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To Be or Not to Be?
Acts of Deviance
Kimberly Brittian |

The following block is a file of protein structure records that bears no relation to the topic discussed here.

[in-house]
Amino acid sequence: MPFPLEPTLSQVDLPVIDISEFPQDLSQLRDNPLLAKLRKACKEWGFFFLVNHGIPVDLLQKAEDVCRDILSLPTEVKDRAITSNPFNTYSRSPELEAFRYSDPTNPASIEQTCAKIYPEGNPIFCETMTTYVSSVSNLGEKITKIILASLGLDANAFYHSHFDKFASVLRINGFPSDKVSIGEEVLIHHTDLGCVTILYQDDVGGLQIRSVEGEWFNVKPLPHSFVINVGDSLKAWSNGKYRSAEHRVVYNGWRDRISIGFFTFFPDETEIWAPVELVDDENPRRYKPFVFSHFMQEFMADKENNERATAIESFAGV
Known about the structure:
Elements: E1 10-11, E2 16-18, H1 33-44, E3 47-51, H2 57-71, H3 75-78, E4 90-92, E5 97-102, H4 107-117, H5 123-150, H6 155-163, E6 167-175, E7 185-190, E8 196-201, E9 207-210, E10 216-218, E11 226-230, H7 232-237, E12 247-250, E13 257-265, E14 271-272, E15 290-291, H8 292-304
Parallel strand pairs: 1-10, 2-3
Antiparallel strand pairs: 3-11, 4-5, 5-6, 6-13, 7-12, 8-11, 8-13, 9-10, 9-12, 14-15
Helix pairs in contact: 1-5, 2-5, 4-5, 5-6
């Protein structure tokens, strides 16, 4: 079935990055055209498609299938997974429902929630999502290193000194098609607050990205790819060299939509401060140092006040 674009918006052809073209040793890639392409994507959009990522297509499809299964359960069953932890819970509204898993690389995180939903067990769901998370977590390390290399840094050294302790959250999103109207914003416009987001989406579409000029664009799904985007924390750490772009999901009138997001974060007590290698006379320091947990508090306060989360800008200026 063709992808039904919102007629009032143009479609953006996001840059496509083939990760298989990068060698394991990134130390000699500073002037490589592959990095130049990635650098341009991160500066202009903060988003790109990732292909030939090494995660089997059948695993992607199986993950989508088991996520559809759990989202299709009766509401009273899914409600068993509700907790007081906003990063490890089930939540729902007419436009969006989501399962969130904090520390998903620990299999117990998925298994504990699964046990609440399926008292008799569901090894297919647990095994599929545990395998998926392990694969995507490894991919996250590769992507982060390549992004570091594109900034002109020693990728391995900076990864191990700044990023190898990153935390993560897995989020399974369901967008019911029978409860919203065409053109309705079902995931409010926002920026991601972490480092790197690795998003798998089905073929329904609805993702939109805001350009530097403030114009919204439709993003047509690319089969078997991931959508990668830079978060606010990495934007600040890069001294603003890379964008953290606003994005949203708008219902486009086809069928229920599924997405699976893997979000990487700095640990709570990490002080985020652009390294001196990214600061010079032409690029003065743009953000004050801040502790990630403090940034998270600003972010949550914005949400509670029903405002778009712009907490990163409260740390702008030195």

Many parents struggle to discuss sex with their children and depend on other sources to make up for their lack of communication skills. Our community conversation about sex education in schools provokes many questions: What kind of education is most appropriate for our young people? How can we respect the values that families instill? What will keep our young people safe from disease and unintended pregnancy? How can we support our young people to make healthy decisions about their lives? Some may even ask if the schools pushing students towards sex or are they protecting them from it? In chapter six we discussed the different acts of deviant behavior, the article states how sexual educational classes are passing out condoms whether male or female and showing the students how to use them. Is this an act of deviant behavior? This can be considered deviant because of the mechanism of social control that is used. Do you think that gonorrhea, chlamydia, aids/hiv, and the risk of getting pregnant will stop these children from having sex, better yet having unprotected sex? In my opinion…no, we discussed in class how with every generation, children take a step over boundaries that are being set by parents. They are too busy trying to be best friend instead of parents. They think that if they fit in with their children and said yes to everything that their relationship would go smoother, there would be more control, and a better understanding between each other. I feel as if that is a good thing to be involved with their child’s lifestyle and activities, but there has to be a point where they draw the line and say enough is enough. Parents get a feeling that their students are being taught the proper way to have sex instead of teaching abstinence. By giving away condoms parents feel that schools are giving the okay to have sex as long as you’re protected. Parents have to realize that their children will have sex whether they are an early or a late bloomer and there is no way around the subject matter. The idea is for sex-educational classes to tackle these problems head-on. It will include candid discussions about puberty, pregnancy, birth control and the risks of unprotected sex.